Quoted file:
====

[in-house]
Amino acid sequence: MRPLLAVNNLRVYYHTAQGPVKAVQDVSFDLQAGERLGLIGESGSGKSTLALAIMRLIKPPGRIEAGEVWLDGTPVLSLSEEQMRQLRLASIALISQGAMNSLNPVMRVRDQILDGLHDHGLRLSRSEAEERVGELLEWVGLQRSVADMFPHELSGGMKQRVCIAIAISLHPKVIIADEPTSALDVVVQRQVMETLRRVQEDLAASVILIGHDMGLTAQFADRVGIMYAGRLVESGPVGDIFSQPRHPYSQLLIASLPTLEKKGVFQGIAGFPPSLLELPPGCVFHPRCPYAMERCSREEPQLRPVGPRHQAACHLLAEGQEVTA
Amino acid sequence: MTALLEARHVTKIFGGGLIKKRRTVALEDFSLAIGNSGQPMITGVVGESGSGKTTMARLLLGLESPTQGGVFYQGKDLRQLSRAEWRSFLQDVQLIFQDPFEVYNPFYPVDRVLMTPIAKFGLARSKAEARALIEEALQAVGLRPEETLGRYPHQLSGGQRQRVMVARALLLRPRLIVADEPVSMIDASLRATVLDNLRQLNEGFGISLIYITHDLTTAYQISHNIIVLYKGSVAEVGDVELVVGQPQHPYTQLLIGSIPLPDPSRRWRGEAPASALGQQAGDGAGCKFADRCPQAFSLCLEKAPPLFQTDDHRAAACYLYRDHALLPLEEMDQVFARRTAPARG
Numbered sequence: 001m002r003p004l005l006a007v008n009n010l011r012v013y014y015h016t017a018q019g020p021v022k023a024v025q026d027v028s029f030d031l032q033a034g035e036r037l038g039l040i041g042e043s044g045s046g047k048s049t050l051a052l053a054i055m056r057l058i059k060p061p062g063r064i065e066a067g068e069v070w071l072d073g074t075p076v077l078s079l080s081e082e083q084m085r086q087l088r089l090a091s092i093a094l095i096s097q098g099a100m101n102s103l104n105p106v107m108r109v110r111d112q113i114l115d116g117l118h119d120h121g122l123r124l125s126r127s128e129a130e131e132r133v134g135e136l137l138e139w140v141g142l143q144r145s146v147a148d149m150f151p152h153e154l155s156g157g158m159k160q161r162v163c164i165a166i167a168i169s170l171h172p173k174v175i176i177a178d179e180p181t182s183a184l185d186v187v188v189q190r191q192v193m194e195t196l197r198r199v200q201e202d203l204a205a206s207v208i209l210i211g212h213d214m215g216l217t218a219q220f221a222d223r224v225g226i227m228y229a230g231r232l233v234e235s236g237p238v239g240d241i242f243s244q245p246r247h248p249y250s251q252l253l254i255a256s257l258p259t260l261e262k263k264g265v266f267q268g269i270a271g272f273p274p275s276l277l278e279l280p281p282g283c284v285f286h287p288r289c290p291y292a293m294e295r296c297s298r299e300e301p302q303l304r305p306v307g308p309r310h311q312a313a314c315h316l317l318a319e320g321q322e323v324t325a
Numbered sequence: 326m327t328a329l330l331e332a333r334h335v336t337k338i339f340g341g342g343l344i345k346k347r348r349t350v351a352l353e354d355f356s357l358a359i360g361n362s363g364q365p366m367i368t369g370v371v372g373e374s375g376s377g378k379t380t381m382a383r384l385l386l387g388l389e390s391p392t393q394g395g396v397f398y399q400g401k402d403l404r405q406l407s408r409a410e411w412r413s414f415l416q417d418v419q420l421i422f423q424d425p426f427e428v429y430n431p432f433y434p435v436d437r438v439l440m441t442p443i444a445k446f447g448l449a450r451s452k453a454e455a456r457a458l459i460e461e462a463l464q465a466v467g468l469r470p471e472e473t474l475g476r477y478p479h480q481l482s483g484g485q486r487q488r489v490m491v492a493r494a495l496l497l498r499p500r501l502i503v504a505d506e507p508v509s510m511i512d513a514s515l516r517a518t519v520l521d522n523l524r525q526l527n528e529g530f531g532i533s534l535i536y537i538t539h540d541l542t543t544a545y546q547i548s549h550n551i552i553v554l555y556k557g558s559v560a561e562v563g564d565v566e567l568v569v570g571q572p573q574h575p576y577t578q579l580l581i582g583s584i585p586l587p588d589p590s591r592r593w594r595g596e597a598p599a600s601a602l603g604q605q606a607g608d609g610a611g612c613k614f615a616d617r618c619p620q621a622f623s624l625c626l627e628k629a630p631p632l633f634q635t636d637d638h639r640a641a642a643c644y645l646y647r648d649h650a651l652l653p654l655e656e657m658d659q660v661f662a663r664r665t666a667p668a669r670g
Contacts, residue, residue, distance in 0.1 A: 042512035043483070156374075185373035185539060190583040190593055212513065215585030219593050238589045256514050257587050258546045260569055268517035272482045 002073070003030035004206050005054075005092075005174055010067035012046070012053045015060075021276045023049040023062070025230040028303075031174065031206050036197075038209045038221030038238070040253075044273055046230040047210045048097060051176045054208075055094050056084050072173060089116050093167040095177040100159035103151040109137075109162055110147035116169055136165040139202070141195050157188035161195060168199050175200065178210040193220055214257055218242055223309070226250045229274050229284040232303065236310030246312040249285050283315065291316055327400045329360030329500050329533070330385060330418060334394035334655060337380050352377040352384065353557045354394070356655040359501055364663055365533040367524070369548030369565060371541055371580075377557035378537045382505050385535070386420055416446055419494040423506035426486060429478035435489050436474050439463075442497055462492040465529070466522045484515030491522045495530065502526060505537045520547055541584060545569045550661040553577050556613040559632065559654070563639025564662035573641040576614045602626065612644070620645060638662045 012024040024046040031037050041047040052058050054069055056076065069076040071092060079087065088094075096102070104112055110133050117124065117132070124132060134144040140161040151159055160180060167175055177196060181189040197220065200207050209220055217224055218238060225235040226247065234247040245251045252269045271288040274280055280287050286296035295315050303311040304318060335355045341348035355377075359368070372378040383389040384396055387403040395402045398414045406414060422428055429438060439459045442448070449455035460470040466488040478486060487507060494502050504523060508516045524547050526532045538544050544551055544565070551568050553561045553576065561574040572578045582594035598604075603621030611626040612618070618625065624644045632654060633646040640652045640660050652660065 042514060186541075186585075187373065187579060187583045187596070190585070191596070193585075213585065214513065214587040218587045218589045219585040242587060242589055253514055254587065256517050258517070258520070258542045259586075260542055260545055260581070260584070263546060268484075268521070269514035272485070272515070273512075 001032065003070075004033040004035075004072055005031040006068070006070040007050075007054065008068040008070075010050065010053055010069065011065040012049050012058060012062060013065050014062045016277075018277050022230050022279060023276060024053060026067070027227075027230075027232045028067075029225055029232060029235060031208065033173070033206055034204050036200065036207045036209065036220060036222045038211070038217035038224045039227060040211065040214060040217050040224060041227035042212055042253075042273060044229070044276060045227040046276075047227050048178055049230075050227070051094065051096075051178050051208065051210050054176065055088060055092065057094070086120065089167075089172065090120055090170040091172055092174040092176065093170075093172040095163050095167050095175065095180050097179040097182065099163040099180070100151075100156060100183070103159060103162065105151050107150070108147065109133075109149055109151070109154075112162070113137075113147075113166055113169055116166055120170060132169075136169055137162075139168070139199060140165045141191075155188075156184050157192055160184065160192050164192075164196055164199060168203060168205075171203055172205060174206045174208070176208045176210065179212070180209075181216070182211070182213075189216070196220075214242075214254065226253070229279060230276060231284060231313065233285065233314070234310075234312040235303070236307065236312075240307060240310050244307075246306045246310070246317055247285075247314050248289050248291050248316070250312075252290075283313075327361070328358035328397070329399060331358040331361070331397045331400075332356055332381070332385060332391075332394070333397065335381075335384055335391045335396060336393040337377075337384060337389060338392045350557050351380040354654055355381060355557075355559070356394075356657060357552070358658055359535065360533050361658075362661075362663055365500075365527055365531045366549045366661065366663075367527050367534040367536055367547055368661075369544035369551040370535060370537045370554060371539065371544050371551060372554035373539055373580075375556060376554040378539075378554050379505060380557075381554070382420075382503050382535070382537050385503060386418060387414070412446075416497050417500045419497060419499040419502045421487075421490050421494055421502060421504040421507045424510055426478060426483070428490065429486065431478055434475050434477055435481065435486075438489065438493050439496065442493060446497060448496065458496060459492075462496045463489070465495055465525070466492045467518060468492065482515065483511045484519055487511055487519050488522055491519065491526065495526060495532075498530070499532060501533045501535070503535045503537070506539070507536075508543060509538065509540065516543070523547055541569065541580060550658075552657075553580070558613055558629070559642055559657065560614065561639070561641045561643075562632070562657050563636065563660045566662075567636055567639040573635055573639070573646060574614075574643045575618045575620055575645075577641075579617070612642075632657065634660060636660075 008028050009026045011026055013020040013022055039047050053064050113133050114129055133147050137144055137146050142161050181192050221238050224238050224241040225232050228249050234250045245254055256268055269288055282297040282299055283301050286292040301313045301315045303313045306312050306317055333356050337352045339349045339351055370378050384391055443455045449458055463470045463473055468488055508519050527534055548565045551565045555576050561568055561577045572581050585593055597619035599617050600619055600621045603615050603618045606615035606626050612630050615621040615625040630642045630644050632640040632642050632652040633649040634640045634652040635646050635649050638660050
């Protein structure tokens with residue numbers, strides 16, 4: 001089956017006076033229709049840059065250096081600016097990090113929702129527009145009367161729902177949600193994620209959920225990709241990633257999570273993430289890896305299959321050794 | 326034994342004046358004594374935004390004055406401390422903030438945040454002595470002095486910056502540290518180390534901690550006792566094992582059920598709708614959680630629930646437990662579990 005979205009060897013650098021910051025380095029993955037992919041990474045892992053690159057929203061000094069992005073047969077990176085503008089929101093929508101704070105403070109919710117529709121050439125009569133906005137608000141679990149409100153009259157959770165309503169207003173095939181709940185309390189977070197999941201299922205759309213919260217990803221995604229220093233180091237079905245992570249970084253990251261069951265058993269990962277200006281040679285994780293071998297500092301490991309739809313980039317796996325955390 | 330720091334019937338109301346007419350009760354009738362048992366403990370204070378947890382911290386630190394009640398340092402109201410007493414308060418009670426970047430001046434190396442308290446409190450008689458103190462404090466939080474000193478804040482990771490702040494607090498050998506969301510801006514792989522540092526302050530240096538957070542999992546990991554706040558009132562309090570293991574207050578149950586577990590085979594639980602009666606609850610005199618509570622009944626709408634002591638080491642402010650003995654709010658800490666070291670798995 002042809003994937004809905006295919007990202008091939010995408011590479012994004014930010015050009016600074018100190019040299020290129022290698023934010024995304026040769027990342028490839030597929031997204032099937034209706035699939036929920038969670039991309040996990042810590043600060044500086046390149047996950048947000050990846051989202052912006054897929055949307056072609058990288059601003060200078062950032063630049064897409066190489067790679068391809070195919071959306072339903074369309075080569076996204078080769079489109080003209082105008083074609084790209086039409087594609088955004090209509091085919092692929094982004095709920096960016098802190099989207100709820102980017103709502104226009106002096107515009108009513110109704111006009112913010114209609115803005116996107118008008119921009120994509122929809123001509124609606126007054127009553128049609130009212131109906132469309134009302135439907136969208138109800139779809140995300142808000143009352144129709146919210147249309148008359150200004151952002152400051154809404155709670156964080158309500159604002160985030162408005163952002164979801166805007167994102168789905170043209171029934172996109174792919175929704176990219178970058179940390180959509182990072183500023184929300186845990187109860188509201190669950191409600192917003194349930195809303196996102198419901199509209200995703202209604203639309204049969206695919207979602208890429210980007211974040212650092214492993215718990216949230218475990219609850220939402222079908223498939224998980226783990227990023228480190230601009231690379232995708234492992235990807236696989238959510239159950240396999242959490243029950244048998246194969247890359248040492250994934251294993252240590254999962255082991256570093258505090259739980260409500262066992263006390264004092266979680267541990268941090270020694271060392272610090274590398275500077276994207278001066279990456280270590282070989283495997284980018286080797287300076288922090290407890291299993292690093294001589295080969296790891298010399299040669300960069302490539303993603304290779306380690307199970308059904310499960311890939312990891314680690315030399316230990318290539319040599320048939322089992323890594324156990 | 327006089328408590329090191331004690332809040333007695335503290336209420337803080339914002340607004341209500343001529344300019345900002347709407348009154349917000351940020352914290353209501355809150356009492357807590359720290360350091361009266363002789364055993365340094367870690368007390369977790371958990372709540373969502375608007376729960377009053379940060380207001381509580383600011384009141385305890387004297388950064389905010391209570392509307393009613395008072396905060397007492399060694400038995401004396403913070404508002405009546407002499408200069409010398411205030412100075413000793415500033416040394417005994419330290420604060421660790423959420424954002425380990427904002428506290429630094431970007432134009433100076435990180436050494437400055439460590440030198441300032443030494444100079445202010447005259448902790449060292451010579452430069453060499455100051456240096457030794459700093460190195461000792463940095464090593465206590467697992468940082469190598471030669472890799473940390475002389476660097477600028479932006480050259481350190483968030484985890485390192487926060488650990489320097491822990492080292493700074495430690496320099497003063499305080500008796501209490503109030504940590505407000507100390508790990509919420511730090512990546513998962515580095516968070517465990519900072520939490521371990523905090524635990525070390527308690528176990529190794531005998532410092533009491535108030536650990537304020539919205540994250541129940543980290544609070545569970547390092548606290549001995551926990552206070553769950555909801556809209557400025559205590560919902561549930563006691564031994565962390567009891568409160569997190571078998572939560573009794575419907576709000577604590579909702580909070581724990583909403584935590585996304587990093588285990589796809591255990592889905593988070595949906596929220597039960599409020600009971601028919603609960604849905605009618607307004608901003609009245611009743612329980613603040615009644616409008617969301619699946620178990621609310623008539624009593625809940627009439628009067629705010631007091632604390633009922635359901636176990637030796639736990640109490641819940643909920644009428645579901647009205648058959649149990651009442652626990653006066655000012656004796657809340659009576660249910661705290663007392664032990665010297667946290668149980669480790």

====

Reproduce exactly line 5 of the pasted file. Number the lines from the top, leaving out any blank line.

Numbered sequence: 326m327t328a329l330l331e332a333r334h335v336t337k338i339f340g341g342g343l344i345k346k347r348r349t350v351a352l353e354d355f356s357l358a359i360g361n362s363g364q365p366m367i368t369g370v371v372g373e374s375g376s377g378k379t380t381m382a383r384l385l386l387g388l389e390s391p392t393q394g395g396v397f398y399q400g401k402d403l404r405q406l407s408r409a410e411w412r413s414f415l416q417d418v419q420l421i422f423q424d425p426f427e428v429y430n431p432f433y434p435v436d437r438v439l440m441t442p443i444a445k446f447g448l449a450r451s452k453a454e455a456r457a458l459i460e461e462a463l464q465a466v467g468l469r470p471e472e473t474l475g476r477y478p479h480q481l482s483g484g485q486r487q488r489v490m491v492a493r494a495l496l497l498r499p500r501l502i503v504a505d506e507p508v509s510m511i512d513a514s515l516r517a518t519v520l521d522n523l524r525q526l527n528e529g530f531g532i533s534l535i536y537i538t539h540d541l542t543t544a545y546q547i548s549h550n551i552i553v554l555y556k557g558s559v560a561e562v563g564d565v566e567l568v569v570g571q572p573q574h575p576y577t578q579l580l581i582g583s584i585p586l587p588d589p590s591r592r593w594r595g596e597a598p599a600s601a602l603g604q605q606a607g608d609g610a611g612c613k614f615a616d617r618c619p620q621a622f623s624l625c626l627e628k629a630p631p632l633f634q635t636d637d638h639r640a641a642a643c644y645l646y647r648d649h650a651l652l653p654l655e656e657m658d659q660v661f662a663r664r665t666a667p668a669r670g